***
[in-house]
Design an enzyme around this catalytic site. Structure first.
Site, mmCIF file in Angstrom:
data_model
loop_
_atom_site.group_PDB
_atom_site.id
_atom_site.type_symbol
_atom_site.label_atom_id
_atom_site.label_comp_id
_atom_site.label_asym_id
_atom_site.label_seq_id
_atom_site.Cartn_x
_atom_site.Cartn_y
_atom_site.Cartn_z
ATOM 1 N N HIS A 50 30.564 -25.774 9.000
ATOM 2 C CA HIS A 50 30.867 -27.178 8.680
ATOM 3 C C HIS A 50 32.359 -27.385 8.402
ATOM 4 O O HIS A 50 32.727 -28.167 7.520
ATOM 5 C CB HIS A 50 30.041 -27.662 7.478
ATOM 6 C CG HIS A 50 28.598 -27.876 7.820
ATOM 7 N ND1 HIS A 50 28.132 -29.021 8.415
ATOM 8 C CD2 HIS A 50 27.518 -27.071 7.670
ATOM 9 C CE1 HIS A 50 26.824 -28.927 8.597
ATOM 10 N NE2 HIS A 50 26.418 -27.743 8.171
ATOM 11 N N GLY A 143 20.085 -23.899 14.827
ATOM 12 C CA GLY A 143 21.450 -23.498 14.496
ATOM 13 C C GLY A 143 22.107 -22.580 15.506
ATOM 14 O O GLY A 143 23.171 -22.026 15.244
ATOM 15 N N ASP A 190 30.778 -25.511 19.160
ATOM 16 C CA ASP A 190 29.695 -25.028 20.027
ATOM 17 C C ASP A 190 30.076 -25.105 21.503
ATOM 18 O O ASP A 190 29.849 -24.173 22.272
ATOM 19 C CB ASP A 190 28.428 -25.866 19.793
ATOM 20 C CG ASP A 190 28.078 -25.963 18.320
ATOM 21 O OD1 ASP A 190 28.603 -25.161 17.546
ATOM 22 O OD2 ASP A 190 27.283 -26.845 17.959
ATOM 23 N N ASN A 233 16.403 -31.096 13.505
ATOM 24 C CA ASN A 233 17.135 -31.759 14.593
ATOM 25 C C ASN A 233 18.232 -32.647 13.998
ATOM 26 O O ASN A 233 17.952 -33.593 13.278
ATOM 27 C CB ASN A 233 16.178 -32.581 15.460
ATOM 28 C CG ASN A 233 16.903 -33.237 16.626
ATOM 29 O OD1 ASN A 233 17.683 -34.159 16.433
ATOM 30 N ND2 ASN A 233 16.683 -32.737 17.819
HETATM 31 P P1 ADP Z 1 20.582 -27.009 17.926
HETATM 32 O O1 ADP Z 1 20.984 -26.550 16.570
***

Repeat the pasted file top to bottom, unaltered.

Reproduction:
[in-house]
Design an enzyme around this catalytic site. Structure first.
Site, mmCIF file in Angstrom:
data_model
loop_
_atom_site.group_PDB
_atom_site.id
_atom_site.type_symbol
_atom_site.label_atom_id
_atom_site.label_comp_id
_atom_site.label_asym_id
_atom_site.label_seq_id
_atom_site.Cartn_x
_atom_site.Cartn_y
_atom_site.Cartn_z
ATOM 1 N N HIS A 50 30.564 -25.774 9.000
ATOM 2 C CA HIS A 50 30.867 -27.178 8.680
ATOM 3 C C HIS A 50 32.359 -27.385 8.402
ATOM 4 O O HIS A 50 32.727 -28.167 7.520
ATOM 5 C CB HIS A 50 30.041 -27.662 7.478
ATOM 6 C CG HIS A 50 28.598 -27.876 7.820
ATOM 7 N ND1 HIS A 50 28.132 -29.021 8.415
ATOM 8 C CD2 HIS A 50 27.518 -27.071 7.670
ATOM 9 C CE1 HIS A 50 26.824 -28.927 8.597
ATOM 10 N NE2 HIS A 50 26.418 -27.743 8.171
ATOM 11 N N GLY A 143 20.085 -23.899 14.827
ATOM 12 C CA GLY A 143 21.450 -23.498 14.496
ATOM 13 C C GLY A 143 22.107 -22.580 15.506
ATOM 14 O O GLY A 143 23.171 -22.026 15.244
ATOM 15 N N ASP A 190 30.778 -25.511 19.160
ATOM 16 C CA ASP A 190 29.695 -25.028 20.027
ATOM 17 C C ASP A 190 30.076 -25.105 21.503
ATOM 18 O O ASP A 190 29.849 -24.173 22.272
ATOM 19 C CB ASP A 190 28.428 -25.866 19.793
ATOM 20 C CG ASP A 190 28.078 -25.963 18.320
ATOM 21 O OD1 ASP A 190 28.603 -25.161 17.546
ATOM 22 O OD2 ASP A 190 27.283 -26.845 17.959
ATOM 23 N N ASN A 233 16.403 -31.096 13.505
ATOM 24 C CA ASN A 233 17.135 -31.759 14.593
ATOM 25 C C ASN A 233 18.232 -32.647 13.998
ATOM 26 O O ASN A 233 17.952 -33.593 13.278
ATOM 27 C CB ASN A 233 16.178 -32.581 15.460
ATOM 28 C CG ASN A 233 16.903 -33.237 16.626
ATOM 29 O OD1 ASN A 233 17.683 -34.159 16.433
ATOM 30 N ND2 ASN A 233 16.683 -32.737 17.819
HETATM 31 P P1 ADP Z 1 20.582 -27.009 17.926
HETATM 32 O O1 ADP Z 1 20.984 -26.550 16.570